Staff at Saint Margaret Residential Centre came to know Robert Carroll as the resident who always carried a book on physiology around with him. Imagine their shock when they soon learned he wrote the book and was continuing to teach others from it.
“I was sitting with him one day and he was pointing at a picture of the spinal column and counting,” Saint Margaret’s nursing manager Viki Doucette recalls. “I realized he was teaching me the vertebrate and didn’t want to close the book until I understood.”
Ms. Doucette let the other staff know the significance of the book Mr. Carroll was often seen with – and that he clearly wanted to continue to discuss his lifelong work as a vertebrate paleontologist.
“It’s a reminder that every person we look after somehow contributed to society in their own way,” Ms. Doucette explains. “In Mr. Carroll’s case, he wanted to continue to contribute in our own community.”
Yet another surprise left the staff at Saint Margaret’s wide-eyed, as word spread that their own Mr. Carroll was awarded one of the country’s highest honours – the Order of Canada.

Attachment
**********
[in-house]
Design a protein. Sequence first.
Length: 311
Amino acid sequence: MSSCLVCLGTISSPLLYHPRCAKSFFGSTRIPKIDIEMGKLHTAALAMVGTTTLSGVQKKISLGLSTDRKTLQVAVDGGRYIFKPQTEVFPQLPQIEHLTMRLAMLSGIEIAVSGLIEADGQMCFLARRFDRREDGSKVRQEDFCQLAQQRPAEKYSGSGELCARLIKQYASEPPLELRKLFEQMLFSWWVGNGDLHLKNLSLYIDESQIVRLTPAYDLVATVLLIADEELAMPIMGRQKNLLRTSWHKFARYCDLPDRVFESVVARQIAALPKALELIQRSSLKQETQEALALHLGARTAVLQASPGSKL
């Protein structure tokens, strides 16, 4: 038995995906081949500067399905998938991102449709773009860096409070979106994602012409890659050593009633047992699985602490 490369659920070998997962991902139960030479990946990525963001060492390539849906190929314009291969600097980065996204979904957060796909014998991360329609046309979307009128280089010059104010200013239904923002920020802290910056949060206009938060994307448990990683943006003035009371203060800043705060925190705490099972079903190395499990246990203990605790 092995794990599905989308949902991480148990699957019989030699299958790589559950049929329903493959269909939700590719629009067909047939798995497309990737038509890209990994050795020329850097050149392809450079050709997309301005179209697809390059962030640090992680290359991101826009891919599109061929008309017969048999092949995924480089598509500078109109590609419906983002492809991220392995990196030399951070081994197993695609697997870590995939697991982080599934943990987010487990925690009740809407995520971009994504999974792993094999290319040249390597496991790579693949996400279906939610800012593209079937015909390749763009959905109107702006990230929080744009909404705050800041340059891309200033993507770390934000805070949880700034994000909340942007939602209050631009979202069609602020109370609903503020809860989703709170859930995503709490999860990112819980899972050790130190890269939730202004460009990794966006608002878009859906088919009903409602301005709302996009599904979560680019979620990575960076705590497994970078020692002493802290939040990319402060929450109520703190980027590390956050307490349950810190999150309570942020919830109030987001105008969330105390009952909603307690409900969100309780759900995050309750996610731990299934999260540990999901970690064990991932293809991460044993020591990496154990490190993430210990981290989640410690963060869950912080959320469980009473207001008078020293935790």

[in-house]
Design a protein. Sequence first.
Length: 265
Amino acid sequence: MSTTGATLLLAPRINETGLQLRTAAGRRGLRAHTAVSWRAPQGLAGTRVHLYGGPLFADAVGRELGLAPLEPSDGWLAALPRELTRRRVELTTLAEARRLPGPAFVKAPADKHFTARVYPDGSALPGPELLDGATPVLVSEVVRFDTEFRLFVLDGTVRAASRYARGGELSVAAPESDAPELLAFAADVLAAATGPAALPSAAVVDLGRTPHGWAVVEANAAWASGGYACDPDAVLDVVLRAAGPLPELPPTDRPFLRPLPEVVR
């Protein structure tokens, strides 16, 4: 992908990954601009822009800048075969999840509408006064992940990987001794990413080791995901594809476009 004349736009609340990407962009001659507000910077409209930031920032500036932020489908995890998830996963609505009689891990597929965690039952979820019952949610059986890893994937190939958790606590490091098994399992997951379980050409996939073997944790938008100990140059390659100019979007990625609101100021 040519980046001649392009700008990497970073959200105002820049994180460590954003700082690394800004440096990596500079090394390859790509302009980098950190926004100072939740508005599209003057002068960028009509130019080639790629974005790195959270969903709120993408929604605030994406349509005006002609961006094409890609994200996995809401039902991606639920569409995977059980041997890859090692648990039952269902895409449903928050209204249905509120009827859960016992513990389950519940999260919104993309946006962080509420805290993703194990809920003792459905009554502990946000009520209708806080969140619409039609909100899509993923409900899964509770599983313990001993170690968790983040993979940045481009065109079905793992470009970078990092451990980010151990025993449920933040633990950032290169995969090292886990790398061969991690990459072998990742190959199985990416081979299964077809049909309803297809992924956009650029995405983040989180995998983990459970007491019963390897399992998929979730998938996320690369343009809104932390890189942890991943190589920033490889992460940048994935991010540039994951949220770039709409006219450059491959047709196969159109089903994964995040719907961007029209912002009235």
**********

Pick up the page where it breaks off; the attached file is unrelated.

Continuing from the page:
Robert Carroll’s Governor-General citation refers to him as “The Father of Canadian Palaeontology”. He is being recognized as a Member of the Order of Canada for his pre-eminent work as a vertebrate paleontologist, specializing in Paleozoic and Mesozoic amphibians and reptiles.
A former director at the Redpath Museum (from 1985-1991), Robert Carroll began his career at the Redpath in 1964 as the curator of vertebrate paleontology.
“He is still part of the larger community – he’s not forgotten,” Ms. Doucette says. “To those of us who know him at Saint Margaret, he’s as sweet as anything. It puts to the forefront that we are taking care of the person – and not the disease.”